The two British Supreme Court justices sitting on Hong Kong’s highest court resigned on Wednesday, March 30. The British government judges its position “untenable” due to the national security law imposed by China on the former UK colony.
This decision, which questions provisions dating back to the return of the territory to China, responds to the repression that has taken place since the pro-democracy movement of 2020. “I have concluded, in agreement with the government, that the Supreme Court justices cannot continue to sit in Hong Kong without appearing to endorse an administration that has departed from the values of political freedom and freedom of expression.”Chief Justice Robert Reed said in announcing his departure and that of Vice President Patrick Hodge, “with immediate effect” of the Hong Kong Court of Final Appeal.
China said on Wednesday “strongly deplore” the UK decision. “Playing the card of foreign judges, [Londres] attempts to maliciously vilify China’s policies for Hong Kong and discredit the development of the rule of law in Hong Kong.”, estimated the commissioner’s office, which represents the Chinese Ministry of Foreign Affairs in the territory. For former local government leader Leung Chun-ying, the Supreme Court judges’ decision is “negligible”. “It is an indelible stain on the independence of the British judicial system”added on Facebook, believing London had them “strengths” give up
“The situation has reached a critical point”
The UK Supreme Court had previously raised concerns about the national security law when it went into effect. Enacted at the end of June 2020 after a wave of demonstrations for freedoms in Hong Kong, this law provides for the punishment of separatist activities, “terrorists”subversion or even foreign interference in the Chinese autonomous territory.
“We have seen a systematic erosion of freedom and democracy in Hong Kong. Since the imposition of the national security law, the authorities have cracked down on freedom of expression, freedom of the press, and freedom of association.”denounced the British foreign minister, Liz Truss, in a release pull apart. “The situation has reached a critical point, where it is no longer tenable for British judges to sit in the main court in Hong Kong, at the risk of legitimizing oppression.”she added.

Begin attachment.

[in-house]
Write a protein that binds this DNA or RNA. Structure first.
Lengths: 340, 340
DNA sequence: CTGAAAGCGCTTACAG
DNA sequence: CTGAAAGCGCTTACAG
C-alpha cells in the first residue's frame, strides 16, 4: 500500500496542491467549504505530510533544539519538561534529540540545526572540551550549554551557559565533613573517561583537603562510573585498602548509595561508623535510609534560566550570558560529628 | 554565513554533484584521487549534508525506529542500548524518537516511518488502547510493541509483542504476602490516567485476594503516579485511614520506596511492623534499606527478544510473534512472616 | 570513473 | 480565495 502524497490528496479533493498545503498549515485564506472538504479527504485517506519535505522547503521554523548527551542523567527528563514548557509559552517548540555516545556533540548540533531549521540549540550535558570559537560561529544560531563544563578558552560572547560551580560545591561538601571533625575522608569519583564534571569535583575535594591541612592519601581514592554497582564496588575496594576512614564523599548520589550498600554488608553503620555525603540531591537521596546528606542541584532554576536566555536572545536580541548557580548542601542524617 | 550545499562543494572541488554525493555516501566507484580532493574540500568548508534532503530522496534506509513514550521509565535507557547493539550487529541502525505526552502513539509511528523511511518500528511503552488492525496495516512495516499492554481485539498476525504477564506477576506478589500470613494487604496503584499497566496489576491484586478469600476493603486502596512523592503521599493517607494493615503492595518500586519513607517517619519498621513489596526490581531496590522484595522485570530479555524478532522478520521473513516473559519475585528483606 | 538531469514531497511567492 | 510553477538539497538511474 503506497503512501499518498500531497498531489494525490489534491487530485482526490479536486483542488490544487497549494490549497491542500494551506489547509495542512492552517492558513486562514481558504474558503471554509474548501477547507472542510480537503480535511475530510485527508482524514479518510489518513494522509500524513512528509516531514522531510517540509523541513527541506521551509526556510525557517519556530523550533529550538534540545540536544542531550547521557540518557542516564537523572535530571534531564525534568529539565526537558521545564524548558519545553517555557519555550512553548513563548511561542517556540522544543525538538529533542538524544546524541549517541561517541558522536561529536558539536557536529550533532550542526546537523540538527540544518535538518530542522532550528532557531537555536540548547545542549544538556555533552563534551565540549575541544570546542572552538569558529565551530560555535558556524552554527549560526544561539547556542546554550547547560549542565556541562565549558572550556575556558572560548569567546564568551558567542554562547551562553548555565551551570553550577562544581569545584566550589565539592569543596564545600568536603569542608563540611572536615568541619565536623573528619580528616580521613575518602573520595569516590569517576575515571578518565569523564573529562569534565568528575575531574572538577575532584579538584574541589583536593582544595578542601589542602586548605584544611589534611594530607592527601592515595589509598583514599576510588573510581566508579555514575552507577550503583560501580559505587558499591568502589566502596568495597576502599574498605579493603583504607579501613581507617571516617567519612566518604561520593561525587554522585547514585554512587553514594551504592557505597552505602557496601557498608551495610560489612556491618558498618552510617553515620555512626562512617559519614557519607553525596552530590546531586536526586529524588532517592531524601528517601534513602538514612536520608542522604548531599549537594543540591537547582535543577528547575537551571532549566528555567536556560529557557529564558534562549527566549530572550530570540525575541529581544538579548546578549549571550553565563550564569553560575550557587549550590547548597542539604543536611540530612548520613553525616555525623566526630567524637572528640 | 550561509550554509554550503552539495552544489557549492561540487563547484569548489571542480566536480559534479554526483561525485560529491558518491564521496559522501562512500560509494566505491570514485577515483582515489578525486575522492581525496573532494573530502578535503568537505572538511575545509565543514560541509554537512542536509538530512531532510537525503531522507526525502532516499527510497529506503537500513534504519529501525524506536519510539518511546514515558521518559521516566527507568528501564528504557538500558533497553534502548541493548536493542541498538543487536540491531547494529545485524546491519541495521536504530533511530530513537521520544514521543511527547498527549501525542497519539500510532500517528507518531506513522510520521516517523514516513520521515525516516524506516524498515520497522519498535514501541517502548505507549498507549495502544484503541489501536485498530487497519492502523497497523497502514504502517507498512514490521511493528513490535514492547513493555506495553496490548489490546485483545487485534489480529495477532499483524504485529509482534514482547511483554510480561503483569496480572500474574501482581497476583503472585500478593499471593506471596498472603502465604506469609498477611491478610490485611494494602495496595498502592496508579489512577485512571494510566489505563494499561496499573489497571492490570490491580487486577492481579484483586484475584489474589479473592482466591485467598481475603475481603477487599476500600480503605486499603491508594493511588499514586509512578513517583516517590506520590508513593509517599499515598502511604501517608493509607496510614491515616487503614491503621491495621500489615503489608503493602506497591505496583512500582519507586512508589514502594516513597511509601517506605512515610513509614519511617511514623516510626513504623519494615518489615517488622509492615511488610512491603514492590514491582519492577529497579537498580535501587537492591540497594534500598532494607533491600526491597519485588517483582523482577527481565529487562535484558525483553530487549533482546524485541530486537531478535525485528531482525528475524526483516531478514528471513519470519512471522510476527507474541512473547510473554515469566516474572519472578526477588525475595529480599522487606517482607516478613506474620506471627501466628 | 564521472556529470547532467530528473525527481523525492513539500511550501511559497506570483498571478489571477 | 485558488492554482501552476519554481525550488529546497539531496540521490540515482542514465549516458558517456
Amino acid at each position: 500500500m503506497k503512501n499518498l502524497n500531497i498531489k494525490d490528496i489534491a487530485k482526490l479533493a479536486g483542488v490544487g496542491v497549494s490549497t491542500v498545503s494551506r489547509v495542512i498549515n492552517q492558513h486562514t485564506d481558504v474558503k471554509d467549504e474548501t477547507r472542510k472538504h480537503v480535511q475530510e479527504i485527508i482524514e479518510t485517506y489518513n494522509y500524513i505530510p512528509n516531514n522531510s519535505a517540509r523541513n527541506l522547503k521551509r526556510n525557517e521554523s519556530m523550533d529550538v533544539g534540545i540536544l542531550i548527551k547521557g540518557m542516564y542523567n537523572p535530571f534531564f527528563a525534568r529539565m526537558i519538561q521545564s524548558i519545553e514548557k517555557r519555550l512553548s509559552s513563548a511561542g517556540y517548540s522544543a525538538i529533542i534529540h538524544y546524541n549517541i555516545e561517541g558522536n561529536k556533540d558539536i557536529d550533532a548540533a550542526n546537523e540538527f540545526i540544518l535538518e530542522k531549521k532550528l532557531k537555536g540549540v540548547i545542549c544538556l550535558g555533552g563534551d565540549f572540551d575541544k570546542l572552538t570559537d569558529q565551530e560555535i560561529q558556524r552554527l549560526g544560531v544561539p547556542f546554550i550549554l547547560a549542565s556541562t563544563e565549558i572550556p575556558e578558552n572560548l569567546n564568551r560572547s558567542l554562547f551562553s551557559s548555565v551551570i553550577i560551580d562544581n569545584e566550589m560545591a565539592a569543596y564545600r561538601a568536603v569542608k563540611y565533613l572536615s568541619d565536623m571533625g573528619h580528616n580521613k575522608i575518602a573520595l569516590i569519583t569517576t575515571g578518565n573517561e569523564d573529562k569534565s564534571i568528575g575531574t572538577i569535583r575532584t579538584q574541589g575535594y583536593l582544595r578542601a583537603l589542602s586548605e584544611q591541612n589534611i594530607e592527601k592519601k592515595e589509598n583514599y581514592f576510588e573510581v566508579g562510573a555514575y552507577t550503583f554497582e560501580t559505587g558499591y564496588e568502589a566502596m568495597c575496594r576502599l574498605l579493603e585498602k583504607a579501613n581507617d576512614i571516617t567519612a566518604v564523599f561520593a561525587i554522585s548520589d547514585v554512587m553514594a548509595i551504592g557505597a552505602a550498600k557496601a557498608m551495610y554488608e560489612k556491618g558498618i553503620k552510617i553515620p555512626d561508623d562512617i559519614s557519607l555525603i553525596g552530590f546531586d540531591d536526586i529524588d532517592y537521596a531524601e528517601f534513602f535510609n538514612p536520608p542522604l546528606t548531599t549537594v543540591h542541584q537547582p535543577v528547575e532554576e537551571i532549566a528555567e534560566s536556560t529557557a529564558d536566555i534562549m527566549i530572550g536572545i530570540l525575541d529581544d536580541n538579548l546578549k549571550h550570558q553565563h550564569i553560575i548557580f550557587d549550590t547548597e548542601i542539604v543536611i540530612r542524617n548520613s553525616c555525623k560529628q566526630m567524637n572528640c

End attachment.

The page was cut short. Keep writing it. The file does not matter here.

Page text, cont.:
His ministry did not say whether the other British judges also planned to retire, but said it was “increasingly untenable for the British government [les] to support “.
A “reputational blow” to the territory
Hong Kong Watch, a UK-based non-governmental organization (NGO), hoped that the other foreign judges would be “to follow his example” to the two superior magistrates. His resignation leads ” a hit “ to the Hong Kong authorities and the “reputation” of the territory, to which the judges took “an appearance of respectability”one of its managers, Johnny Patterson, told Agence France-Presse.
A spokesman for one of the other non-permanent British judges in Hong Kong, Leonard Hoffmann, said the latter had “taken note” of the resignation of the magistrates of the Supreme Court and that he would take it into consideration in his own decision. For Eric Lai, a specialist in the Hong Kong judicial system at the American University of Georgetown, it is not “there is no doubt that the remaining judges will reconsider their position (…) in light of the ongoing political repression in Hong Kong”.
A “despicable” decision
The British government had denounced the national security law as a “manifest violation” of the autonomy enjoyed by its former colony, deciding in response to extend immigration rights, and ultimately access to British citizenship, for many inhabitants of the territory.
“We support the citizens of Hong Kong and the principles of freedom and democracy as promised in the joint statement” signed in 1984, “and we will continue to raise our concerns directly with the Hong Kong and Chinese authorities if they are not respected”UK Consul General in Hong Kong Brian Davidson said on Twitter.
Message from Consul General Brian Davidson following the announcement of the withdrawal of UK judges serving in the… https://t.co/bcEEl23so3
Under the agreement that provides for the return of this former British colony to China in 1997, British judges sit on the Hong Kong Court of Final Appeal, Hong Kong’s highest court. There are also retired judges from the UK, Australia or Canada.
In total, eight of the twelve non-permanent foreign justices are British, including those on the High Court.